Responsibility and control
Similarly, whoever is carrying out real-time marketing will need to have the responsibility to make marketing decisions as there will be no time to refer them back to a higher authority. They will need to be in control of the marketing budget for the campaign and in turn, control mechanisms will need to be in place to quickly and seamlessly control them.

Flexibility and agility
Given that the real time web will require quick reactions, decisions and deployment of resources, marketers will need to be flexible and agile to survive this environment.

The move to the real time web presents a number of unique challenges for the organisation, brand and marketer – but it’s shaping up to be an exciting, dynamic and rewarding experience.
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Overcoming the Social Media Hamsters

Social media is very addictive, it’s very easy to… hang on… just received a direct message… oh… ha… LOL… Now where was I? Oh yes, social media is very addictive and can dominate your working life if you’re not careful. You can also find yourself interacting with the same set of people every day. Whilst spending lots of time on social media with your friends is not necessarily a problem, if you are using social media for business then it’s definitely an issue.

Have you ever watched hamsters? Some hamsters will spend a few minutes a day on their wheel, happily getting some exercise and stopping after a while. Less happier hamsters will get on their wheel with a determined look on their furry face, a glint in their eye and with gritted incisors. And they won’t get off the wheel till they are exhausted, or the darn thing breaks.

This is like some social media users – they spend hours on Twitter or Facebook, conversing with the same few people, often about the same few things. We all know people like that – or are you someone like that, a social media hamster? Again, this is no great problem if you have plenty of free time, but if you are using social media for business, then you will need to deal with this behaviour.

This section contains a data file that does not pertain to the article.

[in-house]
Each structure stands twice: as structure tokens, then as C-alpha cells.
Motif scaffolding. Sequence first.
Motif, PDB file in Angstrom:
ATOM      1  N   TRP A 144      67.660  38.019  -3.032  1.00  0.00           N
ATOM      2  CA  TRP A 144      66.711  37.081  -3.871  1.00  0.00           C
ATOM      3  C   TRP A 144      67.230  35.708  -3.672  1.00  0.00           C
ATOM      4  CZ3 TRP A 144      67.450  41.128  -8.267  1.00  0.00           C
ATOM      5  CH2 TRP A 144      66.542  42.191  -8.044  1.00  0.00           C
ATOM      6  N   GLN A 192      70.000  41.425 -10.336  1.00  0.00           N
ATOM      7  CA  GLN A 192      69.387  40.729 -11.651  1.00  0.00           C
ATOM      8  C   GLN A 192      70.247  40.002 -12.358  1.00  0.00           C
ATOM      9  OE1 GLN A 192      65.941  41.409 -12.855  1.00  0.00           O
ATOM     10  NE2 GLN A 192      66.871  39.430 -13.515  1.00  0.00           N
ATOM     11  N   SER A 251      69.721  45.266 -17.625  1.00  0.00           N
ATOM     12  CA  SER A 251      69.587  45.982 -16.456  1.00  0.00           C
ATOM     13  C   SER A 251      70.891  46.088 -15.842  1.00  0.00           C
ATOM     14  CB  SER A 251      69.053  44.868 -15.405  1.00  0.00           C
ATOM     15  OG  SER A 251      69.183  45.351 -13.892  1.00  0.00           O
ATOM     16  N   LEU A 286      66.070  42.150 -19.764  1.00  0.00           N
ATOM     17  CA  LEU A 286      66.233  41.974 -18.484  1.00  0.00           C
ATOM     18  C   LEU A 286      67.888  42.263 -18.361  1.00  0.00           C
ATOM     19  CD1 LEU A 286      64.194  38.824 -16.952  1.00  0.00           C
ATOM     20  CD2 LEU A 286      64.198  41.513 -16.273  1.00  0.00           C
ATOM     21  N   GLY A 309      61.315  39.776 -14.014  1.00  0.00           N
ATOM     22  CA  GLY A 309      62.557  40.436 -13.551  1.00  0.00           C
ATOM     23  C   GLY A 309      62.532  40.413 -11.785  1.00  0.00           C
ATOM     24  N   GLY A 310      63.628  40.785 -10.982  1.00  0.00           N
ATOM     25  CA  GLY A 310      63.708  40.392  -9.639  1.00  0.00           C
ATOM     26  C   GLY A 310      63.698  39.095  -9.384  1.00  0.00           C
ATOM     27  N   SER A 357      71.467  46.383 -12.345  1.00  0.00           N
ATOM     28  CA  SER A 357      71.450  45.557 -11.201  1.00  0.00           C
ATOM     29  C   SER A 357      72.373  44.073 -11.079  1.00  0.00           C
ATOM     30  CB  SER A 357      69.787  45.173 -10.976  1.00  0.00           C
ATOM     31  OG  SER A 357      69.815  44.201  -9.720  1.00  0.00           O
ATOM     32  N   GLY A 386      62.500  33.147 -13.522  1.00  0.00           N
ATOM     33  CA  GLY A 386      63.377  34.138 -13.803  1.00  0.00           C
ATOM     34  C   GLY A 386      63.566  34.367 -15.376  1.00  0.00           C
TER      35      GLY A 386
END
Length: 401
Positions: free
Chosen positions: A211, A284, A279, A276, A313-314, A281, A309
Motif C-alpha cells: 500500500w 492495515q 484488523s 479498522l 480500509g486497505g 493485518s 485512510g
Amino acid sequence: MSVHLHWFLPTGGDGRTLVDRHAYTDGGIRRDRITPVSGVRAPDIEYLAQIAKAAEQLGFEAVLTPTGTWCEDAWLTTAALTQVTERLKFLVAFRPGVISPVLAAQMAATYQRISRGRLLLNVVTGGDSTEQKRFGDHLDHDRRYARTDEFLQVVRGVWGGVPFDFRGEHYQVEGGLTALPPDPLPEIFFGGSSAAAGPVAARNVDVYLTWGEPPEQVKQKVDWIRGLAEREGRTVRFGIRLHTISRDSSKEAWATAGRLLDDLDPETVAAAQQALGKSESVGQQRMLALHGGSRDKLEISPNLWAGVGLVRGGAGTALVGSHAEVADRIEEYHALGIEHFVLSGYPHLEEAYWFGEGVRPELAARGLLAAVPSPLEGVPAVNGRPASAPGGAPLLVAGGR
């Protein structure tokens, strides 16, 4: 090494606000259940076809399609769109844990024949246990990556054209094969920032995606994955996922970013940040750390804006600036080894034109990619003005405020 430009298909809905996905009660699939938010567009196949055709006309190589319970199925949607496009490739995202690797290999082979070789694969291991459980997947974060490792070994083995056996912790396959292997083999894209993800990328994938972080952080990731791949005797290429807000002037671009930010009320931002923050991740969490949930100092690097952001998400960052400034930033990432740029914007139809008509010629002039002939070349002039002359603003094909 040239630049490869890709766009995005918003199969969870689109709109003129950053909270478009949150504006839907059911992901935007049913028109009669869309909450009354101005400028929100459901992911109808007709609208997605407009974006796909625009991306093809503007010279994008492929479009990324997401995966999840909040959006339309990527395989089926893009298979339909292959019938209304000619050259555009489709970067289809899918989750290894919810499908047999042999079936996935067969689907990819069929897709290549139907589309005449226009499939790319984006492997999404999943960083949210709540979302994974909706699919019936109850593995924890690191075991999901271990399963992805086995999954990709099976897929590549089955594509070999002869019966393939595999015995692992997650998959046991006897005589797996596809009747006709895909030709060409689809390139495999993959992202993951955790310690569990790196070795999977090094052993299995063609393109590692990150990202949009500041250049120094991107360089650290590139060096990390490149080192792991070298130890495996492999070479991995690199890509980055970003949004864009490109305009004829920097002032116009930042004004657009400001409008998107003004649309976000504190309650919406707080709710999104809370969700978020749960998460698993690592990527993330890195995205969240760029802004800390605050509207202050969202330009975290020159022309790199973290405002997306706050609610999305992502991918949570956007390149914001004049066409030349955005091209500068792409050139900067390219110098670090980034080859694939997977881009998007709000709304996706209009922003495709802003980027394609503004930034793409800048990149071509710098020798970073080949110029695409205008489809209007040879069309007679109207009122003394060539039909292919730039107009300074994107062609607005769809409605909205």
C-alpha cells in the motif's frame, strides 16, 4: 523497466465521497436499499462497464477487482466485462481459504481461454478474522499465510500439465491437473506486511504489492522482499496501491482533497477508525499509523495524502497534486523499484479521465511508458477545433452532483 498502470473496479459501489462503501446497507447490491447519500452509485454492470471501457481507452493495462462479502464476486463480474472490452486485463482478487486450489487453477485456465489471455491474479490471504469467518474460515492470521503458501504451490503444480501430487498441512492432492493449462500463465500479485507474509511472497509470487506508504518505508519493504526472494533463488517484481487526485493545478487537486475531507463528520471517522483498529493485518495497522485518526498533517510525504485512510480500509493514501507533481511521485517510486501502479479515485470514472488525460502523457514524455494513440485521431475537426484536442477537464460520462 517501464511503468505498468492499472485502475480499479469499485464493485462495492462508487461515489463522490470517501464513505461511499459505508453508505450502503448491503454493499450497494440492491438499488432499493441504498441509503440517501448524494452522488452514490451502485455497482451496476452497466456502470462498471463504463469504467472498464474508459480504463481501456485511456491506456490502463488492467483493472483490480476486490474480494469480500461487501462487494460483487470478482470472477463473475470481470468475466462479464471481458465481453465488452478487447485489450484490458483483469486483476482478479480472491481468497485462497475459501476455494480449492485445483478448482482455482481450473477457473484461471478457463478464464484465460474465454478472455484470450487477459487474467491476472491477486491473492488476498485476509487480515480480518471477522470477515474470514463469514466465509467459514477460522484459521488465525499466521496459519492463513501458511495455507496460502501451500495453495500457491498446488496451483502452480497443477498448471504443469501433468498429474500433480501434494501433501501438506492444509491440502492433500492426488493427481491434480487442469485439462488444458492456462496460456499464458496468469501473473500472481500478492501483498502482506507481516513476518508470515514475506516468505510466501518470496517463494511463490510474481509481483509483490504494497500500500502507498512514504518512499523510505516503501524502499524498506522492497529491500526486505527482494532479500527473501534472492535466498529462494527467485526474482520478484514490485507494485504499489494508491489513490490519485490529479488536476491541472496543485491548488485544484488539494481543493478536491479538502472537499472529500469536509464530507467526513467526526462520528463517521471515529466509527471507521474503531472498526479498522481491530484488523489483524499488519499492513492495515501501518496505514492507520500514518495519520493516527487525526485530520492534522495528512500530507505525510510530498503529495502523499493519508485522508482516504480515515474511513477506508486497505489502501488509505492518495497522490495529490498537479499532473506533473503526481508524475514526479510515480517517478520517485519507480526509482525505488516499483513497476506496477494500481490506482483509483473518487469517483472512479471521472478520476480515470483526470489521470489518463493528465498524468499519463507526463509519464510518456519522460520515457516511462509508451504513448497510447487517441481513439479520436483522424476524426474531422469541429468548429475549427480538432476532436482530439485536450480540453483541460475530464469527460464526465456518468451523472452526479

Before you send for Freddie Starr, there are a few simple steps you can take. Set limits for the amount of time you spend on social media – time is money, and the more time you spend in the social media world, the more it costs you – so look at the results you are getting for the time you spend. What would be the effect of halving your time on Twitter, Facebook etc? Make sure you are getting a return on your time investment, or you are not a social media professional, but a social media fan.

And widen your contacts – don’t get trapped in the wheel. Set yourself a target to make contact with a number of new people every day. Re-tweet, like, quote, and comment. Follow new people every day. Talk to people from outside your industry, not always to your peers.

It’s fairly easy to be… oh… that’s funny… must reply to that… oh, good one! So, as I was saying it’s fairly easy to get stuck on the wheel – make sure you overcome you inner hamster.
(*I misread a tweet and found the perfect title for a blog)